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I’m sure that most of the folks reading this article have been in situations where they find themselves in the middle of relationships. Perhaps you have been a manager or an assistant manager. You know the friction that may occur between bosses, co-workers, and customers. You may have been involved with members of your family in a dispute. You may have experienced the tension between the teacher, the student, and the parents in a teacher-parent meeting. Obviously, there are too many examples to list here.

As I thought about the disquiet that broiled up between a care facility, family members, and a relative in assisted care, I wondered if God was ever in the middle, and if He was, how He managed it. The quick answer is that He has been in the middle. The first and most obvious example is Jesus. He was in the middle between us and God’s wrath.

Except He wasn’t in the middle at all.

As is well known among Christians, the Father, Jesus, and the Holy Spirit comprise the Trinity. God is one being with three personalities. How do these three have a good relationship with each other?

Perfectly. There is perfect unity, agreement, and fellowship between them. How do I know that? Because God is perfect. If He were not perfect, He would not be God.

Jesus, God in the flesh, made it clear He was one with the Father. If you and someone are perfectly one, no middle exists.

“I and the Father are one” (John 10:30).1

And Christians are one with Almighty God, as well.

“I in them and you in me, that they may become perfectly one, so that the world may know that you sent me and loved them even as you loved me” (John 17:23).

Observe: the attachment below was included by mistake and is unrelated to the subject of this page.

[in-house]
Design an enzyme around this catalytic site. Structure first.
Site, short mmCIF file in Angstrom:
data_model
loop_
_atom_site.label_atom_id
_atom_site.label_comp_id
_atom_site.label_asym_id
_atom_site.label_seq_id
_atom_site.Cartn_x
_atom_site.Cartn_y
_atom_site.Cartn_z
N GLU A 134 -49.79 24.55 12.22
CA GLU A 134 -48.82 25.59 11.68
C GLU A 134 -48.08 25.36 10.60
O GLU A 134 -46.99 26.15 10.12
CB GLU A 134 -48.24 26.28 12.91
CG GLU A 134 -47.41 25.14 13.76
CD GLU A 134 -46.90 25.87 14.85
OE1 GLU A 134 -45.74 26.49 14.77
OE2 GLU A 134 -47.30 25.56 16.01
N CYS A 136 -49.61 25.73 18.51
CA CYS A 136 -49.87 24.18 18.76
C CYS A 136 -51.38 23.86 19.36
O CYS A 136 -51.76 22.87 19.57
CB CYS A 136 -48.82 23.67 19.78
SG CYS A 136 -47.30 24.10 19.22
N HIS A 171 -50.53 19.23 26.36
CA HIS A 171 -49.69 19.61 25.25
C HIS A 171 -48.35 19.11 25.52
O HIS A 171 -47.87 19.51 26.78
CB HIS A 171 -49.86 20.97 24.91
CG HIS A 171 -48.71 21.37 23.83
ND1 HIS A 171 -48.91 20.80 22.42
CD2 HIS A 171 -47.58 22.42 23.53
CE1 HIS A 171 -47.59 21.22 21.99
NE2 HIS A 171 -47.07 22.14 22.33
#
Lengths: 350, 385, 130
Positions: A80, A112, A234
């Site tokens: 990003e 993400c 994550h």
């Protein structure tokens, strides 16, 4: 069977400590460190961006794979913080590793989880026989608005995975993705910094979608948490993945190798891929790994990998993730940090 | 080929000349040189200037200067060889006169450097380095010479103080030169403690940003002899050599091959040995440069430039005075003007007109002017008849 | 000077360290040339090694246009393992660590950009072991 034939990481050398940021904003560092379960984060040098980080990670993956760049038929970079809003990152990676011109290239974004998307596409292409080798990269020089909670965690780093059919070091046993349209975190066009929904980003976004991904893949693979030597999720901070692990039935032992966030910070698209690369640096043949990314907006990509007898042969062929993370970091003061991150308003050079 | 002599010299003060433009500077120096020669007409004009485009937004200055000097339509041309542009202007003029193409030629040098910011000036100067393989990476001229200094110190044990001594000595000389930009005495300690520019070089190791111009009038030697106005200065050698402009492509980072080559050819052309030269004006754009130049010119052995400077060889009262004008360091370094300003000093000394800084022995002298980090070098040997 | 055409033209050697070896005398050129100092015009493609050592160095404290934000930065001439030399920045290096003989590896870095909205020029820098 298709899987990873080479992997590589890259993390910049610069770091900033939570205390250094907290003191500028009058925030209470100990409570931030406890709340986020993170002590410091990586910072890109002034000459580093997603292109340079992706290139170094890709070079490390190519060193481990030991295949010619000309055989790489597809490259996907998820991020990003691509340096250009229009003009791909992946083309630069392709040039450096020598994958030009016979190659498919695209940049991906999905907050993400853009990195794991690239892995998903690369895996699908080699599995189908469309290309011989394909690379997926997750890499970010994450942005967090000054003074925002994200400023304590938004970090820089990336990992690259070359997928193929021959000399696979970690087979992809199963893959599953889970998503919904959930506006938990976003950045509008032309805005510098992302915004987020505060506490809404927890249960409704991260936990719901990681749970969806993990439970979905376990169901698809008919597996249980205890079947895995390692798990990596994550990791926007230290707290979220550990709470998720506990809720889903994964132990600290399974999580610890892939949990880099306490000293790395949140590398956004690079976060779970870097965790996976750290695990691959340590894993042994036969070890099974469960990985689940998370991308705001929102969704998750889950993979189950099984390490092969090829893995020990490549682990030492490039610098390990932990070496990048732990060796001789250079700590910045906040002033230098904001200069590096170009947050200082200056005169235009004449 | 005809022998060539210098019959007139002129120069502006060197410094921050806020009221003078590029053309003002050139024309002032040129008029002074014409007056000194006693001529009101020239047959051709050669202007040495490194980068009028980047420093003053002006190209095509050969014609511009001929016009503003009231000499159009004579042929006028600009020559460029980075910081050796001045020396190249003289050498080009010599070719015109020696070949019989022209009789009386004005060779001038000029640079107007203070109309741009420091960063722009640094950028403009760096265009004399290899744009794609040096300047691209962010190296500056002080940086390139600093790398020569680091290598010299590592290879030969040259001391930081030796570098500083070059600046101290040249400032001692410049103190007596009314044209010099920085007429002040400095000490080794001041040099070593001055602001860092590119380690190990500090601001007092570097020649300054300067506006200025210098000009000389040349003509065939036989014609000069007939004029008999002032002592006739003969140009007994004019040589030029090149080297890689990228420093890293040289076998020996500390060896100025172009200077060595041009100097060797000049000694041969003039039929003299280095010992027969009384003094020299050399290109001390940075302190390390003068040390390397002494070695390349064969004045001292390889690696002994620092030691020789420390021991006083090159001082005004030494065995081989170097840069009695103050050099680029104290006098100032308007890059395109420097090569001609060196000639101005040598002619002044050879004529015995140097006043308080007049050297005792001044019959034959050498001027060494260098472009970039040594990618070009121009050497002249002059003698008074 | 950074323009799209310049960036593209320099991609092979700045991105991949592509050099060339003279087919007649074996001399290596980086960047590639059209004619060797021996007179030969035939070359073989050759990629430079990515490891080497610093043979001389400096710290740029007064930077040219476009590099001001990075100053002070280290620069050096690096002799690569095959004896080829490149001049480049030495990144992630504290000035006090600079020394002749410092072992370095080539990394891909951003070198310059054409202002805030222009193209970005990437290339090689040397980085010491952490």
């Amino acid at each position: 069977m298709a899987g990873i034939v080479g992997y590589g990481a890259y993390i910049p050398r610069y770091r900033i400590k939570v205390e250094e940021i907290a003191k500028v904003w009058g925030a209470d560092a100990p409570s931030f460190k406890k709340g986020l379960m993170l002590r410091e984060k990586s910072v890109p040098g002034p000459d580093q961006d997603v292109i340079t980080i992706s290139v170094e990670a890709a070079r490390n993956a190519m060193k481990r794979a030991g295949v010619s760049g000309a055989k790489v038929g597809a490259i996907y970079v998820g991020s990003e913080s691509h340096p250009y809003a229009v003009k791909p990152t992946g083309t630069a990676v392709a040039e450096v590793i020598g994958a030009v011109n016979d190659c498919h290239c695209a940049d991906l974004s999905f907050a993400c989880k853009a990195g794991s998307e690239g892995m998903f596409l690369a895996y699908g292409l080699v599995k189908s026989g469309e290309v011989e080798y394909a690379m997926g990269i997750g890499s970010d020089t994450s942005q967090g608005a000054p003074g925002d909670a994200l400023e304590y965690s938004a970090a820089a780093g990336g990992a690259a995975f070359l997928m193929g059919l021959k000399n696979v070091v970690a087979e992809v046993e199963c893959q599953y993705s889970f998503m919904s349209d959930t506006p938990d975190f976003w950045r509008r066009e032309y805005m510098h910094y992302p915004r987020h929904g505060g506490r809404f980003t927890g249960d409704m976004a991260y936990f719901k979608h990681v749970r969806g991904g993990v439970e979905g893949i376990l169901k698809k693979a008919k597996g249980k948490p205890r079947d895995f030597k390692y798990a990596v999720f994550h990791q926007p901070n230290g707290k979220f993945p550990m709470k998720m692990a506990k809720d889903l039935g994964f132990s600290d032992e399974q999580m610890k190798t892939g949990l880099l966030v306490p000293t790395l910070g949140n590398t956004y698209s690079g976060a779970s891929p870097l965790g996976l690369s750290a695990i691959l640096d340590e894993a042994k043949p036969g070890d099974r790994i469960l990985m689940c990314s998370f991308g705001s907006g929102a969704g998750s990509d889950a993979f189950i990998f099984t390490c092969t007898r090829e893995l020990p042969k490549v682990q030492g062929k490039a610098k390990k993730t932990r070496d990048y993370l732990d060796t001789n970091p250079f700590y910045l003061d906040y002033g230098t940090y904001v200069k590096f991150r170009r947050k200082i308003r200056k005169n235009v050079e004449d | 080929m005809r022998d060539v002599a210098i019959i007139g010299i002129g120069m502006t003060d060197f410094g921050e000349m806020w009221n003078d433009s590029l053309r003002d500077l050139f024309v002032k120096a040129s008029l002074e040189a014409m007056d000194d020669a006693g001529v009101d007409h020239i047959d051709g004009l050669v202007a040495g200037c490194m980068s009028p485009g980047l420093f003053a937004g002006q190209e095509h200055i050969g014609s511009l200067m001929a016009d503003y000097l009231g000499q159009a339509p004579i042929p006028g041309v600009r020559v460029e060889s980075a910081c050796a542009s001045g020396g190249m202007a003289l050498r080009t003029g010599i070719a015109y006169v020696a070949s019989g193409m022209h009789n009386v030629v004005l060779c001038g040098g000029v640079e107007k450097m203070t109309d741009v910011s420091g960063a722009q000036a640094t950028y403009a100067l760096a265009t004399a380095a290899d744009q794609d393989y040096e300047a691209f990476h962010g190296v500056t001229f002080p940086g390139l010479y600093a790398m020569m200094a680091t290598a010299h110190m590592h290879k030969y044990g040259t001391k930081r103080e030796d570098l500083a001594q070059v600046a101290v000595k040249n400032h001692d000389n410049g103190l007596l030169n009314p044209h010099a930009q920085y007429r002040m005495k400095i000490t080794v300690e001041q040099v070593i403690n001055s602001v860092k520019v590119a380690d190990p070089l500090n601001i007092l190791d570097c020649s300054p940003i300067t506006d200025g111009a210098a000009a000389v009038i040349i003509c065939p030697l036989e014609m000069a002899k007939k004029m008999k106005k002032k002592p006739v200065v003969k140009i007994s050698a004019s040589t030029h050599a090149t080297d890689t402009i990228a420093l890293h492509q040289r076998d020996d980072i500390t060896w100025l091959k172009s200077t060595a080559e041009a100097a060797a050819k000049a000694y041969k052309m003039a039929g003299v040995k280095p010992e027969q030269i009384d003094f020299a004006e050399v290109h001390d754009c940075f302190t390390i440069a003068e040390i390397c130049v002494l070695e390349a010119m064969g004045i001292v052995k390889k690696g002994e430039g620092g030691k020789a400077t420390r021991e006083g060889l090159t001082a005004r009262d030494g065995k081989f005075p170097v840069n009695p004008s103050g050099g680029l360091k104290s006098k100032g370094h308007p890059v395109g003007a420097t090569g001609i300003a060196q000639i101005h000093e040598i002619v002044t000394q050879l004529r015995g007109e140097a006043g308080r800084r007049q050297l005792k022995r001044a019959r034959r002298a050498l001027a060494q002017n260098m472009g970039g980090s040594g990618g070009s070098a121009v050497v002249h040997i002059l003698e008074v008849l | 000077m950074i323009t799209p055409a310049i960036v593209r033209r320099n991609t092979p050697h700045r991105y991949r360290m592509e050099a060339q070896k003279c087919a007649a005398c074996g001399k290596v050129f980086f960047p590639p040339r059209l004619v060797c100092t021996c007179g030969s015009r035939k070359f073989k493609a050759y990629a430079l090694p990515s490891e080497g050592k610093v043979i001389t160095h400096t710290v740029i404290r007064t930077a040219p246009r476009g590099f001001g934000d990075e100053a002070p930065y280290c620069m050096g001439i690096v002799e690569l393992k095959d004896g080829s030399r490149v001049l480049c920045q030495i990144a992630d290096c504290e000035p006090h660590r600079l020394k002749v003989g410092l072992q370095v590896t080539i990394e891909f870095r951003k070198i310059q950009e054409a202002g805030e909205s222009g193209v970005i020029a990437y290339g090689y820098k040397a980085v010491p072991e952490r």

However, a large problem remains.

As long as Christians live on earth, we will carry about with us “the body of this death,” as Paul put it (Romans 7:24). We are a new person, through salvation in Jesus, with an old person existing along with us. So, we will always live in the uncomfortable middle. The Lord is on one side where peace and safety are, the new us is in the middle, and our sinful nature is on the other side, where it is tempted to do all manner of rebellious, lawless deeds, urged on by the powers of darkness.

However, there are two primary ways we can walk away from that uncomfortable middle and toward the Lord.

The first is to love and obey Him.

Jesus said, “If you love me, you will keep my commandments” (John 14:15).

If we don’t love and obey Him, we are moving away from Him toward our sinful side, which always brings death. If we love and obey Him, we come closer to unity with God. Thus, we step out of that uncomfortable middle.

The second way is to trust and have faith in Him.

“And without faith it is impossible to please him, for whoever would draw near to God must believe that he exists and that he rewards those who seek him” (Hebrews 11:6).

If we don’t trust Him, we will look for something else to trust. We will depend upon our own wisdom and intelligence. We may believe that money alone is the answer to our problems. We may think that our government or certain politicians will solve our issues.

If we look elsewhere, soon we are dealing with a kind of idolatry, with which people have been involved since the beginning of time. God hates this sin and has punished His people for it. This does not move us from the uncomfortable middle toward peace and safety at all. It moves us directly into our old nature and accompanying darkness and sin, where there is no peace.

However, if we turn to Him, we should know that God will be at work within us.

“Now may the God of peace who brought again from the dead our Lord Jesus, the great shepherd of the sheep, by the blood of the eternal covenant, equip you with everything good that you may do his will, working in us that which is pleasing in his sight, through Jesus Christ, to whom be glory forever and ever. Amen” (Hebrews 13:20–21).

Amen. He will accomplish His will in us.

Thank You, Father. I praise You, Lord God Almighty, the One who loves us and sets us free.

1All Scripture quotations are from The Holy Bible: English Standard Version (2016). Crossway Bibles.

 Gif courtesy Bing images.

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